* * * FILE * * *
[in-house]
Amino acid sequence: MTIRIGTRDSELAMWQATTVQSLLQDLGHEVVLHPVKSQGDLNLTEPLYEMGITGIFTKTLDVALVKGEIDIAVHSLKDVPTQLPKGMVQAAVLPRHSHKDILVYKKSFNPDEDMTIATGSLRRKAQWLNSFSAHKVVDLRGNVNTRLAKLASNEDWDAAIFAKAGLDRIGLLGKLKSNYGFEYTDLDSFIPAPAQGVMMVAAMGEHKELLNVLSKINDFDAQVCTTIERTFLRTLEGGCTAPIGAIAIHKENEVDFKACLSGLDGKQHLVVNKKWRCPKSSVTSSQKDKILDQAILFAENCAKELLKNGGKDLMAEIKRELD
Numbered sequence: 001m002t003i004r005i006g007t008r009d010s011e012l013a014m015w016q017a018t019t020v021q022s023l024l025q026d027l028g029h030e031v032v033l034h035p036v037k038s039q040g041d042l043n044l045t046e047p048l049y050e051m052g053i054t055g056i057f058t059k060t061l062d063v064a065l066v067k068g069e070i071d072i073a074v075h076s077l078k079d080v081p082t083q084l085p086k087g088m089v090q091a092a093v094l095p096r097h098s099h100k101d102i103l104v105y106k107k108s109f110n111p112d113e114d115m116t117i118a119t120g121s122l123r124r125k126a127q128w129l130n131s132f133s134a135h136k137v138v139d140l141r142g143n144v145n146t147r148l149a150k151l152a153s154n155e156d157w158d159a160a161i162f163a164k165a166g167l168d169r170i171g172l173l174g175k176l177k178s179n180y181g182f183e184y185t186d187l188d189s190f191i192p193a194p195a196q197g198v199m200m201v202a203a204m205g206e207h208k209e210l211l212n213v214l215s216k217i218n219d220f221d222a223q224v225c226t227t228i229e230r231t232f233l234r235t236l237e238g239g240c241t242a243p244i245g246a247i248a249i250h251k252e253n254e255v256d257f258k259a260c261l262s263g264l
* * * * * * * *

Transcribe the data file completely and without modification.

[in-house]
Amino acid sequence: MTIRIGTRDSELAMWQATTVQSLLQDLGHEVVLHPVKSQGDLNLTEPLYEMGITGIFTKTLDVALVKGEIDIAVHSLKDVPTQLPKGMVQAAVLPRHSHKDILVYKKSFNPDEDMTIATGSLRRKAQWLNSFSAHKVVDLRGNVNTRLAKLASNEDWDAAIFAKAGLDRIGLLGKLKSNYGFEYTDLDSFIPAPAQGVMMVAAMGEHKELLNVLSKINDFDAQVCTTIERTFLRTLEGGCTAPIGAIAIHKENEVDFKACLSGLDGKQHLVVNKKWRCPKSSVTSSQKDKILDQAILFAENCAKELLKNGGKDLMAEIKRELD
Numbered sequence: 001m002t003i004r005i006g007t008r009d010s011e012l013a014m015w016q017a018t019t020v021q022s023l024l025q026d027l028g029h030e031v032v033l034h035p036v037k038s039q040g041d042l043n044l045t046e047p048l049y050e051m052g053i054t055g056i057f058t059k060t061l062d063v064a065l066v067k068g069e070i071d072i073a074v075h076s077l078k079d080v081p082t083q084l085p086k087g088m089v090q091a092a093v094l095p096r097h098s099h100k101d102i103l104v105y106k107k108s109f110n111p112d113e114d115m116t117i118a119t120g121s122l123r124r125k126a127q128w129l130n131s132f133s134a135h136k137v138v139d140l141r142g143n144v145n146t147r148l149a150k151l152a153s154n155e156d157w158d159a160a161i162f163a164k165a166g167l168d169r170i171g172l173l174g175k176l177k178s179n180y181g182f183e184y185t186d187l188d189s190f191i192p193a194p195a196q197g198v199m200m201v202a203a204m205g206e207h208k209e210l211l212n213v214l215s216k217i218n219d220f221d222a223q224v225c226t227t228i229e230r231t232f233l234r235t236l237e238g239g240c241t242a243p244i245g246a247i248a249i250h251k252e253n254e255v256d257f258k259a260c261l262s263g264l